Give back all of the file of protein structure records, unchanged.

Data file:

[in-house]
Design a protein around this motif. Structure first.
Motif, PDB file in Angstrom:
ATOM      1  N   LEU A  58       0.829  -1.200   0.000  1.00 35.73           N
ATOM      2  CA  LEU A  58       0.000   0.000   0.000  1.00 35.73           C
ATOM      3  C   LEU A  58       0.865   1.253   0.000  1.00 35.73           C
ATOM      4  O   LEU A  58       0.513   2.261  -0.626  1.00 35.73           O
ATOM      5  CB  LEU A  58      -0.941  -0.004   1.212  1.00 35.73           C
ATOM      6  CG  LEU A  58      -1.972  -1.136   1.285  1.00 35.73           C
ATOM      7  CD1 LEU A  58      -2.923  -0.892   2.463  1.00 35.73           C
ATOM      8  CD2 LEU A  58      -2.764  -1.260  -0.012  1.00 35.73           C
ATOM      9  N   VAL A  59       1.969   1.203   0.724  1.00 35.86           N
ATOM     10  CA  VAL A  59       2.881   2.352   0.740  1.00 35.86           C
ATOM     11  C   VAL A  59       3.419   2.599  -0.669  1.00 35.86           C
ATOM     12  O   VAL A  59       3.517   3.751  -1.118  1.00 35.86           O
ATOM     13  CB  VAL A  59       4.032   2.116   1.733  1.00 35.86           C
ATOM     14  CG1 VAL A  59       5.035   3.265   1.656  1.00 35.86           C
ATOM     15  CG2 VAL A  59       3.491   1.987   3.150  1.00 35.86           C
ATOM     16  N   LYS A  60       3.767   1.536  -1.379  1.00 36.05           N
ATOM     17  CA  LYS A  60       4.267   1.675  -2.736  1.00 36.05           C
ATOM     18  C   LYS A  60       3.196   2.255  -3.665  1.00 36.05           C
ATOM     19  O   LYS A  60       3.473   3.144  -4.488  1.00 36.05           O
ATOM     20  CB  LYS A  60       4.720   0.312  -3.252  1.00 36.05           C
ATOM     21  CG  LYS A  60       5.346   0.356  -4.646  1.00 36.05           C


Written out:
[in-house]
Design a protein around this motif. Structure first.
Motif, PDB file in Angstrom:
ATOM      1  N   LEU A  58       0.829  -1.200   0.000  1.00 35.73           N
ATOM      2  CA  LEU A  58       0.000   0.000   0.000  1.00 35.73           C
ATOM      3  C   LEU A  58       0.865   1.253   0.000  1.00 35.73           C
ATOM      4  O   LEU A  58       0.513   2.261  -0.626  1.00 35.73           O
ATOM      5  CB  LEU A  58      -0.941  -0.004   1.212  1.00 35.73           C
ATOM      6  CG  LEU A  58      -1.972  -1.136   1.285  1.00 35.73           C
ATOM      7  CD1 LEU A  58      -2.923  -0.892   2.463  1.00 35.73           C
ATOM      8  CD2 LEU A  58      -2.764  -1.260  -0.012  1.00 35.73           C
ATOM      9  N   VAL A  59       1.969   1.203   0.724  1.00 35.86           N
ATOM     10  CA  VAL A  59       2.881   2.352   0.740  1.00 35.86           C
ATOM     11  C   VAL A  59       3.419   2.599  -0.669  1.00 35.86           C
ATOM     12  O   VAL A  59       3.517   3.751  -1.118  1.00 35.86           O
ATOM     13  CB  VAL A  59       4.032   2.116   1.733  1.00 35.86           C
ATOM     14  CG1 VAL A  59       5.035   3.265   1.656  1.00 35.86           C
ATOM     15  CG2 VAL A  59       3.491   1.987   3.150  1.00 35.86           C
ATOM     16  N   LYS A  60       3.767   1.536  -1.379  1.00 36.05           N
ATOM     17  CA  LYS A  60       4.267   1.675  -2.736  1.00 36.05           C
ATOM     18  C   LYS A  60       3.196   2.255  -3.665  1.00 36.05           C
ATOM     19  O   LYS A  60       3.473   3.144  -4.488  1.00 36.05           O
ATOM     20  CB  LYS A  60       4.720   0.312  -3.252  1.00 36.05           C
ATOM     21  CG  LYS A  60       5.346   0.356  -4.646  1.00 36.05           C